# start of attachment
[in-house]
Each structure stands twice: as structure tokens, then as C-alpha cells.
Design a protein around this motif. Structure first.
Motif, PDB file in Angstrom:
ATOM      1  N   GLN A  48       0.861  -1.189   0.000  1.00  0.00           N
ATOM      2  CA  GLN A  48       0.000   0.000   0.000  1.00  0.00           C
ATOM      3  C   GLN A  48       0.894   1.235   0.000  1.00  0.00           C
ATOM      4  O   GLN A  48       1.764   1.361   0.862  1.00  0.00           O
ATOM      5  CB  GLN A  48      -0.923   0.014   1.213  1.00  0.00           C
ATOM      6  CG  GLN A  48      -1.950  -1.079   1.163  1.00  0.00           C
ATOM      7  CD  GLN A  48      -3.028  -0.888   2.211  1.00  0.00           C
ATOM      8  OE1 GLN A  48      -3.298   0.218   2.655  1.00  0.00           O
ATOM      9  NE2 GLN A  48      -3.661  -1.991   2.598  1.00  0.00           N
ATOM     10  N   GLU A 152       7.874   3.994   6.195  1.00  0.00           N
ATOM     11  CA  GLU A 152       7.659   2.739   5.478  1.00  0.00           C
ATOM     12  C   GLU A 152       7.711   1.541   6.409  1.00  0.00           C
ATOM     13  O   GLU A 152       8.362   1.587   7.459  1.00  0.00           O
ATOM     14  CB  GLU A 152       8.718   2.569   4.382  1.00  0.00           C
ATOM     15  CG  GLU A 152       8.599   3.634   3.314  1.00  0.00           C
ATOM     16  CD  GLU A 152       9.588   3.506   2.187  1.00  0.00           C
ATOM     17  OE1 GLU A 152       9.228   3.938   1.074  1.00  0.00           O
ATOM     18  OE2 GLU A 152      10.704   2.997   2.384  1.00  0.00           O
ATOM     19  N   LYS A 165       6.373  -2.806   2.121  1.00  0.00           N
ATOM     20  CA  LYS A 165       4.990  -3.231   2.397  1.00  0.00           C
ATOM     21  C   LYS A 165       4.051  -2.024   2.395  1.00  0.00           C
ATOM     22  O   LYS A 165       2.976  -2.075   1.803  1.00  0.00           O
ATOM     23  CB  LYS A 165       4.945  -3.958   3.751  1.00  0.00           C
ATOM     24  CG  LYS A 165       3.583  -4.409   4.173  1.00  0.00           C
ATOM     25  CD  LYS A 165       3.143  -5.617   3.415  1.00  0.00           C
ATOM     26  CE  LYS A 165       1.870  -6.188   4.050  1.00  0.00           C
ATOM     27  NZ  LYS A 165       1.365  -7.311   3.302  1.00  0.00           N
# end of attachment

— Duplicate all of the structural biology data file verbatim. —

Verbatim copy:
[in-house]
Each structure stands twice: as structure tokens, then as C-alpha cells.
Design a protein around this motif. Structure first.
Motif, PDB file in Angstrom:
ATOM      1  N   GLN A  48       0.861  -1.189   0.000  1.00  0.00           N
ATOM      2  CA  GLN A  48       0.000   0.000   0.000  1.00  0.00           C
ATOM      3  C   GLN A  48       0.894   1.235   0.000  1.00  0.00           C
ATOM      4  O   GLN A  48       1.764   1.361   0.862  1.00  0.00           O
ATOM      5  CB  GLN A  48      -0.923   0.014   1.213  1.00  0.00           C
ATOM      6  CG  GLN A  48      -1.950  -1.079   1.163  1.00  0.00           C
ATOM      7  CD  GLN A  48      -3.028  -0.888   2.211  1.00  0.00           C
ATOM      8  OE1 GLN A  48      -3.298   0.218   2.655  1.00  0.00           O
ATOM      9  NE2 GLN A  48      -3.661  -1.991   2.598  1.00  0.00           N
ATOM     10  N   GLU A 152       7.874   3.994   6.195  1.00  0.00           N
ATOM     11  CA  GLU A 152       7.659   2.739   5.478  1.00  0.00           C
ATOM     12  C   GLU A 152       7.711   1.541   6.409  1.00  0.00           C
ATOM     13  O   GLU A 152       8.362   1.587   7.459  1.00  0.00           O
ATOM     14  CB  GLU A 152       8.718   2.569   4.382  1.00  0.00           C
ATOM     15  CG  GLU A 152       8.599   3.634   3.314  1.00  0.00           C
ATOM     16  CD  GLU A 152       9.588   3.506   2.187  1.00  0.00           C
ATOM     17  OE1 GLU A 152       9.228   3.938   1.074  1.00  0.00           O
ATOM     18  OE2 GLU A 152      10.704   2.997   2.384  1.00  0.00           O
ATOM     19  N   LYS A 165       6.373  -2.806   2.121  1.00  0.00           N
ATOM     20  CA  LYS A 165       4.990  -3.231   2.397  1.00  0.00           C
ATOM     21  C   LYS A 165       4.051  -2.024   2.395  1.00  0.00           C
ATOM     22  O   LYS A 165       2.976  -2.075   1.803  1.00  0.00           O
ATOM     23  CB  LYS A 165       4.945  -3.958   3.751  1.00  0.00           C
ATOM     24  CG  LYS A 165       3.583  -4.409   4.173  1.00  0.00           C
ATOM     25  CD  LYS A 165       3.143  -5.617   3.415  1.00  0.00           C
ATOM     26  CE  LYS A 165       1.870  -6.188   4.050  1.00  0.00           C
ATOM     27  NZ  LYS A 165       1.365  -7.311   3.302  1.00  0.00           N